Skip to main content
Open this photo in gallery:

Ukrainian Foreign Minister Dmytro Kuleba, left, holds talks with his Moroccan counterpart Nasser Bourita, in Rabat, Morocco, on May 22.STR/The Associated Press

Ukraine is launching a wave of embassy openings and diplomatic visits across Africa as it makes a frantic effort to catch up to Russia’s growing political advantage on the continent.

Ukrainian Foreign Minister Dmytro Kuleba announced plans to establish embassies in Mozambique and Rwanda this week as he neared the end of a four-country African tour. He also touted a strategy to boost Ukrainian grain exports to help feed the continent.

But there is little doubt that Ukraine has fallen far behind the Kremlin in cultivating African support. Moscow has forged military or economic agreements with most countries across the continent: sending Russian mercenaries and military equipment to some, holding high-level diplomatic meetings in others, and orchestrating an extensive propaganda campaign on African social media. Dozens of African leaders will attend a Russia-Africa summit in the Russian city of St. Petersburg in July.

“Unfortunately, our relations with African countries did not receive proper attention in our foreign policy for years, and we lost a lot,” Mr. Kuleba told a press conference this week in Ethiopia’s capital, Addis Ababa.

In a tacit response to the Russia-Africa summit, he said his government is now planning its own Ukraine-Africa summit this year. It has also adopted its first Africa strategy and has “intensified” its political dialogue with many African countries, he said.

Mr. Kuleba’s visit this week to Morocco, Ethiopia, Rwanda and Mozambique was his second African tour in the past seven months as Ukraine struggles to reverse the neglect that weakened its support in the continent.

“Today, Ukraine is reinvigorating its foreign policy toward Africa aimed at a Ukrainian-African renaissance,” he said in a statement released on Thursday during his first-ever visit to the African Union’s headquarters in Addis Ababa.

Ukrainian food supplies are a key element in the new strategy. Ukraine has exported more than three million tonnes of agricultural products on 123 ships to nine African countries under a United Nations initiative that partly unblocked its sea ports, Mr. Kuleba said. It has also donated 170,000 tonnes of wheat on six ships to Somalia, Kenya, Ethiopia and Yemen, he said.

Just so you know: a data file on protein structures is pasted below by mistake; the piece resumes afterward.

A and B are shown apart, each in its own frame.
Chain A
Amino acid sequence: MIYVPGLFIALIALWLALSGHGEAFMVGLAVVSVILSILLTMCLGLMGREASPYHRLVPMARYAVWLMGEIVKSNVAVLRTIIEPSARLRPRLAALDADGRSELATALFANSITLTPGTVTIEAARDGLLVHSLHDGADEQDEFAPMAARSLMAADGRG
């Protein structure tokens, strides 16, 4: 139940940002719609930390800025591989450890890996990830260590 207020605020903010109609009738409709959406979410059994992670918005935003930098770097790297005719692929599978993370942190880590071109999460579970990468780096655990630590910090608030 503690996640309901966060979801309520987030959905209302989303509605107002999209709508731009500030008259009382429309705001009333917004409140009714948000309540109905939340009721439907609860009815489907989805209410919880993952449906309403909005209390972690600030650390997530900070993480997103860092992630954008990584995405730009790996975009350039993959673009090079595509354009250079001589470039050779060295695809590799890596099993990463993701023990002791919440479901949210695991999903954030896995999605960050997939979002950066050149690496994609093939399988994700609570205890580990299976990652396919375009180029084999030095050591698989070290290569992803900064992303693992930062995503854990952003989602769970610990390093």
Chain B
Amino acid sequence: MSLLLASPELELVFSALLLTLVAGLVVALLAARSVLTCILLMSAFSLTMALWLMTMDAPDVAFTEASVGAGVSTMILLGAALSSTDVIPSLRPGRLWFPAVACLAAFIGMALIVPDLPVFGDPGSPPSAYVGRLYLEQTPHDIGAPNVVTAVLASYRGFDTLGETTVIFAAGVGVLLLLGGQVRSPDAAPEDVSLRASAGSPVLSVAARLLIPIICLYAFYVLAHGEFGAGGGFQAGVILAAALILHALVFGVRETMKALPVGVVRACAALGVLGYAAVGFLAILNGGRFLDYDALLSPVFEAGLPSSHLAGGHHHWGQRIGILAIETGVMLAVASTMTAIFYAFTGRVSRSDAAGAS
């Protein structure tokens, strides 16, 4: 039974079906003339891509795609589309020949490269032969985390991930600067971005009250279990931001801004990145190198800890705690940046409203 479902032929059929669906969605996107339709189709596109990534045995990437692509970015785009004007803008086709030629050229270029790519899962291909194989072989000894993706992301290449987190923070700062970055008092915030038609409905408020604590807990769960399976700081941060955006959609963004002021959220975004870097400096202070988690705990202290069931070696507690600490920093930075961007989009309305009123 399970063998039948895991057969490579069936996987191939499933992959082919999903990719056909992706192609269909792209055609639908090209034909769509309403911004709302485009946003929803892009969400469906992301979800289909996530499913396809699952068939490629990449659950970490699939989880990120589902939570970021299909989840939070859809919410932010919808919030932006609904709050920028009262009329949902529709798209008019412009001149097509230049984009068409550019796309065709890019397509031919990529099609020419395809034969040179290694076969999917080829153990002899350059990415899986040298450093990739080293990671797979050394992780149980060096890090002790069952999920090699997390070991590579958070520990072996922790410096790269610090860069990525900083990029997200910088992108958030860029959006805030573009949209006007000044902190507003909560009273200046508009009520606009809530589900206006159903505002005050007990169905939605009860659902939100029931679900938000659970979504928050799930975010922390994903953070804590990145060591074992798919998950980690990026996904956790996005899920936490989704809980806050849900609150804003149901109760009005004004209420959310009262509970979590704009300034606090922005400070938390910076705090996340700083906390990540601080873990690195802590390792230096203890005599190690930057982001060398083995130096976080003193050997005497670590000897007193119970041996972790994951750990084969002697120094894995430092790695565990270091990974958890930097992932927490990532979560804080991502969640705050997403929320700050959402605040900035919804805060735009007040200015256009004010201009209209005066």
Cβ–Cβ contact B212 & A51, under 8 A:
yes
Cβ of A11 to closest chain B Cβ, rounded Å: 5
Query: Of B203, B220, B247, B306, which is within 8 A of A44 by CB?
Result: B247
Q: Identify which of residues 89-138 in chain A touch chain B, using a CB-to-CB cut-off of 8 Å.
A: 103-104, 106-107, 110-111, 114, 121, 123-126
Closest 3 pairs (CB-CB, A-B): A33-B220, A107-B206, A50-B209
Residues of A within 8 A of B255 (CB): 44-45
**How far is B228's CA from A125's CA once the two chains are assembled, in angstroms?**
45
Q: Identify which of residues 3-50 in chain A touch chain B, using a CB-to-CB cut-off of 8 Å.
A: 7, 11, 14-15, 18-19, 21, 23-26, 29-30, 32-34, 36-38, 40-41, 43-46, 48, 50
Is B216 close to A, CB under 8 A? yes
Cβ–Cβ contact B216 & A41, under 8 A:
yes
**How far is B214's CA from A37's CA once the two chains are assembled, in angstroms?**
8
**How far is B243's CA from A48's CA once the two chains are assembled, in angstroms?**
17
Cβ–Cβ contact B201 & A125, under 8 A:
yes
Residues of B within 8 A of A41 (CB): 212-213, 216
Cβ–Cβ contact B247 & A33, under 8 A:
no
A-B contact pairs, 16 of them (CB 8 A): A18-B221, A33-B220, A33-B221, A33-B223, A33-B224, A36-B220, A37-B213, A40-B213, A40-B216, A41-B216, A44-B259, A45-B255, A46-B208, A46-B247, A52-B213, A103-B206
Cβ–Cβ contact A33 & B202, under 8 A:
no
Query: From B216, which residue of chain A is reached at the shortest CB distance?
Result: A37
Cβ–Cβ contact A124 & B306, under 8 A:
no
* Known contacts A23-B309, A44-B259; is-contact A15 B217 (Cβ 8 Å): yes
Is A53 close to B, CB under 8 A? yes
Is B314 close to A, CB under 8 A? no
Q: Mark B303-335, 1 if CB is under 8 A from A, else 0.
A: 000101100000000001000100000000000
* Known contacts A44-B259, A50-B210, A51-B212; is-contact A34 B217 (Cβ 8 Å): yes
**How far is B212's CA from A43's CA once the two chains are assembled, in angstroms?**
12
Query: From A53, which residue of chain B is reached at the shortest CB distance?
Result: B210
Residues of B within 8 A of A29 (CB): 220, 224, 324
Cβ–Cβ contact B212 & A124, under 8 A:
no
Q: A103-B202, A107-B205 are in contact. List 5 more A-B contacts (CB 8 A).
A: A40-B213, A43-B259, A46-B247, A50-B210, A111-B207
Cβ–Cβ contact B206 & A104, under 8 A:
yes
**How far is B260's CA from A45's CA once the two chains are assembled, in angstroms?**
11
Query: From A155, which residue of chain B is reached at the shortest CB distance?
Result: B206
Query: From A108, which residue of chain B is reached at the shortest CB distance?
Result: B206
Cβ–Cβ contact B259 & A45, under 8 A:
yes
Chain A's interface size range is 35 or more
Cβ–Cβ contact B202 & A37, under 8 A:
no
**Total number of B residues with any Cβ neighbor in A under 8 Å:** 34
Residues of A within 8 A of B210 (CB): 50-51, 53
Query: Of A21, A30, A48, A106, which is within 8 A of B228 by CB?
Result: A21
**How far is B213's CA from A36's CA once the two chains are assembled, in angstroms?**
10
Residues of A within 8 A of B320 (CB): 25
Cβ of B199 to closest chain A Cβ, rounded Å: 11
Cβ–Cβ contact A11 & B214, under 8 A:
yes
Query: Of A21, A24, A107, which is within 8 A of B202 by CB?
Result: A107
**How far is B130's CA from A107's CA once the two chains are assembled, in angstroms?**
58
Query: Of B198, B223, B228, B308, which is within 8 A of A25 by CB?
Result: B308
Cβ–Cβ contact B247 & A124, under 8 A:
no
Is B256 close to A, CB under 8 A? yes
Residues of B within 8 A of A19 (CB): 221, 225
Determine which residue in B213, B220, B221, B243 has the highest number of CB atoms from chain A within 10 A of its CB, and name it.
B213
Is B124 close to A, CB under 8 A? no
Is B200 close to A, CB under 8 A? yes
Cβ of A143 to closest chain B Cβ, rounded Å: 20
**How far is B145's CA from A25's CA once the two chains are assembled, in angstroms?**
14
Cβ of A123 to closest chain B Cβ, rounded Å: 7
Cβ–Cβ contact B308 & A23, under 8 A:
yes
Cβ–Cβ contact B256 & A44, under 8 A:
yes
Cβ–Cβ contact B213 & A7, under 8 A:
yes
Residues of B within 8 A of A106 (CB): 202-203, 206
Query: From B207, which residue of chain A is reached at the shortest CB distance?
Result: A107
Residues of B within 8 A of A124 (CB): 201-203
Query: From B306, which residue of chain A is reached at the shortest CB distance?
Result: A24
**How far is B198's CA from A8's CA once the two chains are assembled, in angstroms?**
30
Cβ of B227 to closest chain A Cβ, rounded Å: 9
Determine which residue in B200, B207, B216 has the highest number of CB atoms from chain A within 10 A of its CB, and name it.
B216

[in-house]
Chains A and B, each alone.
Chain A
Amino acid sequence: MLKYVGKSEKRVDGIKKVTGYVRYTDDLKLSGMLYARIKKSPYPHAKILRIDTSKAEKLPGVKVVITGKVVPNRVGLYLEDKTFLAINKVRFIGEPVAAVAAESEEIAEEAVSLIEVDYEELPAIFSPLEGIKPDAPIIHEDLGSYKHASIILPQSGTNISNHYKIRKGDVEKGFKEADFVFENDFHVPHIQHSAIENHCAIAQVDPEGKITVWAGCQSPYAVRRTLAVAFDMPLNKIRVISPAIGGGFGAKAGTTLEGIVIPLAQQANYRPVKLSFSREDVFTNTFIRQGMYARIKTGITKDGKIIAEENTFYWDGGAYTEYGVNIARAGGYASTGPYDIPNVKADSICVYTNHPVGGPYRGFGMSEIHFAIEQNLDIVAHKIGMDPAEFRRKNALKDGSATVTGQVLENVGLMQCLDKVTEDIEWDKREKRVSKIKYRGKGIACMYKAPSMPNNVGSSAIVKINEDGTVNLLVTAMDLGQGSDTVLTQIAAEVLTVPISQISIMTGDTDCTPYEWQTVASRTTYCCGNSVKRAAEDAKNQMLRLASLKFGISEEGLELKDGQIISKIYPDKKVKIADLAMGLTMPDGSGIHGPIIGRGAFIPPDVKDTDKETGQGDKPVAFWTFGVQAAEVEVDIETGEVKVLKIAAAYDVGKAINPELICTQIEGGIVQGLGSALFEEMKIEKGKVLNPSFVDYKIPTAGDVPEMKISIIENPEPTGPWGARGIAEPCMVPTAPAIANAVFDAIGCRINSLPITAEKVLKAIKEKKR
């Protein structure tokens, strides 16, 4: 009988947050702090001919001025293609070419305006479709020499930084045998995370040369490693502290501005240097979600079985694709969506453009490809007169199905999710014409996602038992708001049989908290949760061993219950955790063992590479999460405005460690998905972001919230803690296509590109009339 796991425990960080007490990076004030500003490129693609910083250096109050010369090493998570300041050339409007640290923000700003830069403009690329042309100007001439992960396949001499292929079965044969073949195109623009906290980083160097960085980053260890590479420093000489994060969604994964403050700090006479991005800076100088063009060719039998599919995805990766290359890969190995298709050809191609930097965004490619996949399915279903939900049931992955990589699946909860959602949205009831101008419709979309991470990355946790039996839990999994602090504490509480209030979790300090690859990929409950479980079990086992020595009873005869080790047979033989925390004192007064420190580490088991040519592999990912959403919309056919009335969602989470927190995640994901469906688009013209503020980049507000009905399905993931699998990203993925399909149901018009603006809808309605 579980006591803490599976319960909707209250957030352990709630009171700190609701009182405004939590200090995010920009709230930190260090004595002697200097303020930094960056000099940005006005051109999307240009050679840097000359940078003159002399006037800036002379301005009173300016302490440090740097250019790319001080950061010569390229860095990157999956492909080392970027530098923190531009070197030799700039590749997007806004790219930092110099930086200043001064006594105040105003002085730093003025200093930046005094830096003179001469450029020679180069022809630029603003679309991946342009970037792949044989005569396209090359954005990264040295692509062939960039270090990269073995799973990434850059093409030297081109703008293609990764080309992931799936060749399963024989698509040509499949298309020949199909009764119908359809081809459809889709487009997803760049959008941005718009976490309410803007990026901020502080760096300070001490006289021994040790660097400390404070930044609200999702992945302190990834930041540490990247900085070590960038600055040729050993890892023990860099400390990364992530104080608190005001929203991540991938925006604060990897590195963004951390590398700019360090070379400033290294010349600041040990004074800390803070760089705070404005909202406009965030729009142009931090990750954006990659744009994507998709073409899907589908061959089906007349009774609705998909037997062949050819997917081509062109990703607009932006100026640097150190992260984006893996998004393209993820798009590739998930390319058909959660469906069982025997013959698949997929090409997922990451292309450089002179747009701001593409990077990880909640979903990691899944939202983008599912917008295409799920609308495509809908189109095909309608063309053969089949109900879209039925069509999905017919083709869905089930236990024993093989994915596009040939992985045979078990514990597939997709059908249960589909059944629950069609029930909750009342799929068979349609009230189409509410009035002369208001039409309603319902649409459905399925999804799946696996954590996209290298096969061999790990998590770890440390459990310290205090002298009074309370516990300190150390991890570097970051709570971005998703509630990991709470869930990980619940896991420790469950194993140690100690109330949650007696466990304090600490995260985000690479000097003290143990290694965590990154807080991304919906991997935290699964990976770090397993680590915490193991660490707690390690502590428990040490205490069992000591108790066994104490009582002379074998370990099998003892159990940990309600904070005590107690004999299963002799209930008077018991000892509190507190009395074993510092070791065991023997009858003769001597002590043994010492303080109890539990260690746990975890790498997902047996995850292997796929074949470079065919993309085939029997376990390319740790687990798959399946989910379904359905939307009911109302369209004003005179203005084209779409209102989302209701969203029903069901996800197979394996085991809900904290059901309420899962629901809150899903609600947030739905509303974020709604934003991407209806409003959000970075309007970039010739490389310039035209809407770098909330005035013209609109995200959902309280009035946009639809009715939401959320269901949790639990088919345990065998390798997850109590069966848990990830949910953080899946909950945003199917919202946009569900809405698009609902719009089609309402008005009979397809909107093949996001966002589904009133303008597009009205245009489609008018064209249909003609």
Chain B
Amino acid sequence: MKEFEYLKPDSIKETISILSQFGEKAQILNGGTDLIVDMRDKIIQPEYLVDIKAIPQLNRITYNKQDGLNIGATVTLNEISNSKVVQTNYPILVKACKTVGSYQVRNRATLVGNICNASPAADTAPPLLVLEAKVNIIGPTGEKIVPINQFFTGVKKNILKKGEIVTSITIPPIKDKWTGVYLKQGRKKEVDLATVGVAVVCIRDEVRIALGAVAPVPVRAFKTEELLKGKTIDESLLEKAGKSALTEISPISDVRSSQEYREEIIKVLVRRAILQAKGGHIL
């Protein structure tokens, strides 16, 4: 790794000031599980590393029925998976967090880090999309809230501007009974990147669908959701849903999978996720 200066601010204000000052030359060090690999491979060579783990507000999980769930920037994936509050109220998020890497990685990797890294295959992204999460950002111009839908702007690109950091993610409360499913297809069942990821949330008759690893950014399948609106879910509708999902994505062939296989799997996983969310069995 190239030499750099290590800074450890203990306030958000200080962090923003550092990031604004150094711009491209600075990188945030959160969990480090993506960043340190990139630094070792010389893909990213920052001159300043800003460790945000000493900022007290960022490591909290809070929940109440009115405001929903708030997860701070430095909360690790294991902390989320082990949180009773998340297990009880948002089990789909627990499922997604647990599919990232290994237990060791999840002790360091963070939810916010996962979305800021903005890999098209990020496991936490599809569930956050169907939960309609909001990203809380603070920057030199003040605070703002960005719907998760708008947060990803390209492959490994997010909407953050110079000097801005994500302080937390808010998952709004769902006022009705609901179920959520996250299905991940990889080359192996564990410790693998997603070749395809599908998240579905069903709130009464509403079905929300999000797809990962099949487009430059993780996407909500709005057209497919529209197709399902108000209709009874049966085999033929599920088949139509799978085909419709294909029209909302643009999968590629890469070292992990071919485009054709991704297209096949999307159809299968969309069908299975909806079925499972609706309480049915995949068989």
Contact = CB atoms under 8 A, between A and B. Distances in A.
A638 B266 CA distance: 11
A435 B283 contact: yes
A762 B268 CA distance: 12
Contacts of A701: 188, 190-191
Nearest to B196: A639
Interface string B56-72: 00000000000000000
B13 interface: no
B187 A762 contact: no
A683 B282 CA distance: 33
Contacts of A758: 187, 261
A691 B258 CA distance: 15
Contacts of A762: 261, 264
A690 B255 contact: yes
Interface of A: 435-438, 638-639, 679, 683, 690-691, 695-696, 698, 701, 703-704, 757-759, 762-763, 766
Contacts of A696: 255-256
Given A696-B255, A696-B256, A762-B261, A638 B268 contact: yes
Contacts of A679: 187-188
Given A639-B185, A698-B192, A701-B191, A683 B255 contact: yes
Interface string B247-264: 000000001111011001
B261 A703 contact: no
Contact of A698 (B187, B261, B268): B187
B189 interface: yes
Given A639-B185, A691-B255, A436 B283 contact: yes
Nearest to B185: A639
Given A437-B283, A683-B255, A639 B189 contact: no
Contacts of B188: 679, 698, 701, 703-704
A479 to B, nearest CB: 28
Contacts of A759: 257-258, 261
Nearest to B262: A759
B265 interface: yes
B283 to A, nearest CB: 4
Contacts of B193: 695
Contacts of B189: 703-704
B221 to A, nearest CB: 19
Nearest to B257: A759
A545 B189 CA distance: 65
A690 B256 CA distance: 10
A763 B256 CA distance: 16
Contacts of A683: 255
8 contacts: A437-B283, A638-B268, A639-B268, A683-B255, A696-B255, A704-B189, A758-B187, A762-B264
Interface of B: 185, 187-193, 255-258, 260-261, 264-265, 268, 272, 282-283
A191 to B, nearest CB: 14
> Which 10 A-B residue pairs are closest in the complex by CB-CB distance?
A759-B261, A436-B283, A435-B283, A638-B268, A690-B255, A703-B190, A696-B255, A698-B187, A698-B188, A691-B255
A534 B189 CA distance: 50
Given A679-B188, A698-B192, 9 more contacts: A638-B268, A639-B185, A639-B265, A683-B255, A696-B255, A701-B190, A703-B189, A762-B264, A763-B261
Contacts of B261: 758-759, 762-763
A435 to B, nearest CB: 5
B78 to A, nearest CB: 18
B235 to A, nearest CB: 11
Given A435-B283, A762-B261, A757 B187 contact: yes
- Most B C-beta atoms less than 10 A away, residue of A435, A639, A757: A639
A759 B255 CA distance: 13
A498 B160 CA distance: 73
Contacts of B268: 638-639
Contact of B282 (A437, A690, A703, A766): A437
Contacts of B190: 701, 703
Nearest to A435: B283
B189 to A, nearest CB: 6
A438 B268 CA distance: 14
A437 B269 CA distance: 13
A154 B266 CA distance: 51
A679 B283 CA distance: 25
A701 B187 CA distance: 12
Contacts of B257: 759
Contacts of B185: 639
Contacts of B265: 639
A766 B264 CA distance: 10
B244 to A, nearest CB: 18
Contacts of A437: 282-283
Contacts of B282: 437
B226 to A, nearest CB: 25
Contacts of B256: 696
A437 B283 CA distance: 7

Russia and Ukraine have been feuding over who is to blame for the rising cost of food and fuel in Africa. Moscow alleges that Western sanctions are the biggest reason, even though food and fertilizer are exempted from the sanctions. Ukraine says the Russian naval blockade of Ukrainian ports is the main reason for the rising prices.

“More ships are being prepared,” Mr. Kuleba said. “No family in Africa should suffer because of Russia’s war against Ukraine.”

Africa is becoming the new frontline in the conflict between Russia and the West

South Africa’s drift into Russian sphere triggers Western concern

As it lobbies for African support, Moscow has emphasized its historical connections to African anti-colonial movements during the Soviet era. Many African countries feel a traditional loyalty to Russia because of this Soviet legacy. In an attempt to counter this, Ukraine has begun boasting of its own historical links to Africa, although it was part of the Soviet Union at the time.

From 1965 to the 1980s, “brave fighters of African national liberation movements were trained on Ukrainian soil,” Mr. Kuleba said. “We are proud of it and won’t let anyone steal this common past from us.”

But even as he was pleading for support, there were more signs of Russia’s growing influence in Africa.

Russian Foreign Minister Sergey Lavrov held talks with his Somalian counterpart, Abshir Omar Jama, in Moscow on Friday and offered military support for its counterterrorism efforts. Mr. Lavrov is also preparing to visit South Africa next week for a meeting of the BRICS countries – Brazil, Russia, India, China and South Africa.

It will be his second visit to South Africa this year alone, while Mr. Kuleba has not yet managed to visit the country once. Mr. Lavrov has also visited nine other African countries since January.

Fikile Mbalula, Secretary-General of South Africa’s ruling party, the African National Congress, said this week that the ANC would welcome a visit by Russian President Vladimir Putin, despite a war-crimes arrest warrant against him by the International Criminal Court.

In March, more than 40 African countries sent delegations to Moscow for a Russia-Africa parliamentary conference. “The partnership between Russia and African countries has gained additional momentum and is reaching a whole new level,” Mr. Putin told the conference.